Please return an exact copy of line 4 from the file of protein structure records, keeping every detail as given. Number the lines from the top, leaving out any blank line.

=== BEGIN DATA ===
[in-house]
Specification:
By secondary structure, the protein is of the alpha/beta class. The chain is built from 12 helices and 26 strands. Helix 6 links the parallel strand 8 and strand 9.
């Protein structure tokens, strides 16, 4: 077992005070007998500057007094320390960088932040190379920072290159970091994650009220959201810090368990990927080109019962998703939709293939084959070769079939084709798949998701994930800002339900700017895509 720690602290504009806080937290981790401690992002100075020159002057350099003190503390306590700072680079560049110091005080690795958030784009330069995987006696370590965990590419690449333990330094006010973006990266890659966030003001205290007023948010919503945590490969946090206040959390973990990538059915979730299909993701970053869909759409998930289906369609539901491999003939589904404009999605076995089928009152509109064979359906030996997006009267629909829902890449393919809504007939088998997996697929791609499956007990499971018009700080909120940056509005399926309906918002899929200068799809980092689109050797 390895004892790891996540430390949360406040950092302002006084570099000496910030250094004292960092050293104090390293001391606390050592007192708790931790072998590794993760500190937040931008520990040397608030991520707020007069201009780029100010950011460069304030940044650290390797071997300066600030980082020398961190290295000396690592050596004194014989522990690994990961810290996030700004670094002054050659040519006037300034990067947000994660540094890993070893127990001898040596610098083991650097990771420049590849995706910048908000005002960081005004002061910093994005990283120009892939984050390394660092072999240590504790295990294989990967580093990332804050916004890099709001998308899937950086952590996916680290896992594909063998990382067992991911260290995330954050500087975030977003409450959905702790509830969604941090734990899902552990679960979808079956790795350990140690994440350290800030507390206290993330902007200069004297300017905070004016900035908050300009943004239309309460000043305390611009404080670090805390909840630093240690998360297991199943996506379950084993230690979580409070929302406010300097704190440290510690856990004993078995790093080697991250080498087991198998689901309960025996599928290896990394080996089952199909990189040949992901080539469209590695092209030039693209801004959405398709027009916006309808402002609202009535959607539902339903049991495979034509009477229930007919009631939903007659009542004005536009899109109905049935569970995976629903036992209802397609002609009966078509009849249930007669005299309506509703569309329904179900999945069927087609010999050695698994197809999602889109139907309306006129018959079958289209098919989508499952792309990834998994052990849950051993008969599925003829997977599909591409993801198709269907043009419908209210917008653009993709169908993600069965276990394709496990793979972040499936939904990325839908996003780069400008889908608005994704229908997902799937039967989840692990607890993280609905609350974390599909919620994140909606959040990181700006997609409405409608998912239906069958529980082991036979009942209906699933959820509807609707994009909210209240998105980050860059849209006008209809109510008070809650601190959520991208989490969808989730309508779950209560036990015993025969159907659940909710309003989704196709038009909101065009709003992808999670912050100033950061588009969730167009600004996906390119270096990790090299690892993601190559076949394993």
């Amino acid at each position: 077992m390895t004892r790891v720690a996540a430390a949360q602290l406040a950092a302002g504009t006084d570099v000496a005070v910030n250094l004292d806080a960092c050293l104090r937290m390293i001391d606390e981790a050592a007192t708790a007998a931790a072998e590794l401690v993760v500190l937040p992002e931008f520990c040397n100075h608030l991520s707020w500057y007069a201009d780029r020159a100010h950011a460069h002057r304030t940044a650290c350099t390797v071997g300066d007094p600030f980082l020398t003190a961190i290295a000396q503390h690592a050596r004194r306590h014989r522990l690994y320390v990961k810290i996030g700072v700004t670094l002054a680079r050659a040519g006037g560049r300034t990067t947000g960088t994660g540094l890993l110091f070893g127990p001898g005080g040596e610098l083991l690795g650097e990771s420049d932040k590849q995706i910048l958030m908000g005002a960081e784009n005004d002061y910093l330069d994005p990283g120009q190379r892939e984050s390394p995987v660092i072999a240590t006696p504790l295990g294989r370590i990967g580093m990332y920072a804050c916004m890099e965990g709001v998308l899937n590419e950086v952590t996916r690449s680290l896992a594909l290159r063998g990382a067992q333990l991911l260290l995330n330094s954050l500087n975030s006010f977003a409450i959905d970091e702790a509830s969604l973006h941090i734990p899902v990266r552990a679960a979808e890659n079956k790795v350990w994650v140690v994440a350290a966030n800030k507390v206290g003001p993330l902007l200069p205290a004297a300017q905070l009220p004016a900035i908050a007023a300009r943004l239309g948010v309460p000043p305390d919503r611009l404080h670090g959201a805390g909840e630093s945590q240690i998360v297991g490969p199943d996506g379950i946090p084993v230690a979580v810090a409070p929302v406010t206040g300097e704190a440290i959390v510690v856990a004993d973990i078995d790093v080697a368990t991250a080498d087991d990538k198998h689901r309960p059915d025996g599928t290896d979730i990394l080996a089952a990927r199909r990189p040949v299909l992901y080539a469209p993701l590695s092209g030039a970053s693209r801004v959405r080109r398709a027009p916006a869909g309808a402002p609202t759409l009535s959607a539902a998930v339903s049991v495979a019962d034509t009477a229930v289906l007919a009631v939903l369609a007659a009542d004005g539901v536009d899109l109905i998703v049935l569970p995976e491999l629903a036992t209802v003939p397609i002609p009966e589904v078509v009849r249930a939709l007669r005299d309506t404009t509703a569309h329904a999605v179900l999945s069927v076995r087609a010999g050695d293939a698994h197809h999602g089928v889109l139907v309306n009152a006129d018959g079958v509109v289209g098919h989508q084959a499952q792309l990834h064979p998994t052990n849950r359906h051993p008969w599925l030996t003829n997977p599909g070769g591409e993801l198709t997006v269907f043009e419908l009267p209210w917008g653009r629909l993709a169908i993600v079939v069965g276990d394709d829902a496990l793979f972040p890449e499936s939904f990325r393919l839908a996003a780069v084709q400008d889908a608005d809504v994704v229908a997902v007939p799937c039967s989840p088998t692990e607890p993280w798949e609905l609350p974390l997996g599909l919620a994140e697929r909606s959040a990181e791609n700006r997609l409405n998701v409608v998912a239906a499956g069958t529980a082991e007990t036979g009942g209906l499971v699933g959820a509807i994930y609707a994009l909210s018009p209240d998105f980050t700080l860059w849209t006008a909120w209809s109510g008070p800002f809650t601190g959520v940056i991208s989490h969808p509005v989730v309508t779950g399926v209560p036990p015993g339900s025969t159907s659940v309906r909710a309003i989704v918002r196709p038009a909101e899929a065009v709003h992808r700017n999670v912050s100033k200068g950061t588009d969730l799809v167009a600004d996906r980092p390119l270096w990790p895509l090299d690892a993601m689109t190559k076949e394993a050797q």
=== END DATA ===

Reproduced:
């Protein structure tokens, strides 16, 4: 077992005070007998500057007094320390960088932040190379920072290159970091994650009220959201810090368990990927080109019962998703939709293939084959070769079939084709798949998701994930800002339900700017895509 720690602290504009806080937290981790401690992002100075020159002057350099003190503390306590700072680079560049110091005080690795958030784009330069995987006696370590965990590419690449333990330094006010973006990266890659966030003001205290007023948010919503945590490969946090206040959390973990990538059915979730299909993701970053869909759409998930289906369609539901491999003939589904404009999605076995089928009152509109064979359906030996997006009267629909829902890449393919809504007939088998997996697929791609499956007990499971018009700080909120940056509005399926309906918002899929200068799809980092689109050797 390895004892790891996540430390949360406040950092302002006084570099000496910030250094004292960092050293104090390293001391606390050592007192708790931790072998590794993760500190937040931008520990040397608030991520707020007069201009780029100010950011460069304030940044650290390797071997300066600030980082020398961190290295000396690592050596004194014989522990690994990961810290996030700004670094002054050659040519006037300034990067947000994660540094890993070893127990001898040596610098083991650097990771420049590849995706910048908000005002960081005004002061910093994005990283120009892939984050390394660092072999240590504790295990294989990967580093990332804050916004890099709001998308899937950086952590996916680290896992594909063998990382067992991911260290995330954050500087975030977003409450959905702790509830969604941090734990899902552990679960979808079956790795350990140690994440350290800030507390206290993330902007200069004297300017905070004016900035908050300009943004239309309460000043305390611009404080670090805390909840630093240690998360297991199943996506379950084993230690979580409070929302406010300097704190440290510690856990004993078995790093080697991250080498087991198998689901309960025996599928290896990394080996089952199909990189040949992901080539469209590695092209030039693209801004959405398709027009916006309808402002609202009535959607539902339903049991495979034509009477229930007919009631939903007659009542004005536009899109109905049935569970995976629903036992209802397609002609009966078509009849249930007669005299309506509703569309329904179900999945069927087609010999050695698994197809999602889109139907309306006129018959079958289209098919989508499952792309990834998994052990849950051993008969599925003829997977599909591409993801198709269907043009419908209210917008653009993709169908993600069965276990394709496990793979972040499936939904990325839908996003780069400008889908608005994704229908997902799937039967989840692990607890993280609905609350974390599909919620994140909606959040990181700006997609409405409608998912239906069958529980082991036979009942209906699933959820509807609707994009909210209240998105980050860059849209006008209809109510008070809650601190959520991208989490969808989730309508779950209560036990015993025969159907659940909710309003989704196709038009909101065009709003992808999670912050100033950061588009969730167009600004996906390119270096990790090299690892993601190559076949394993």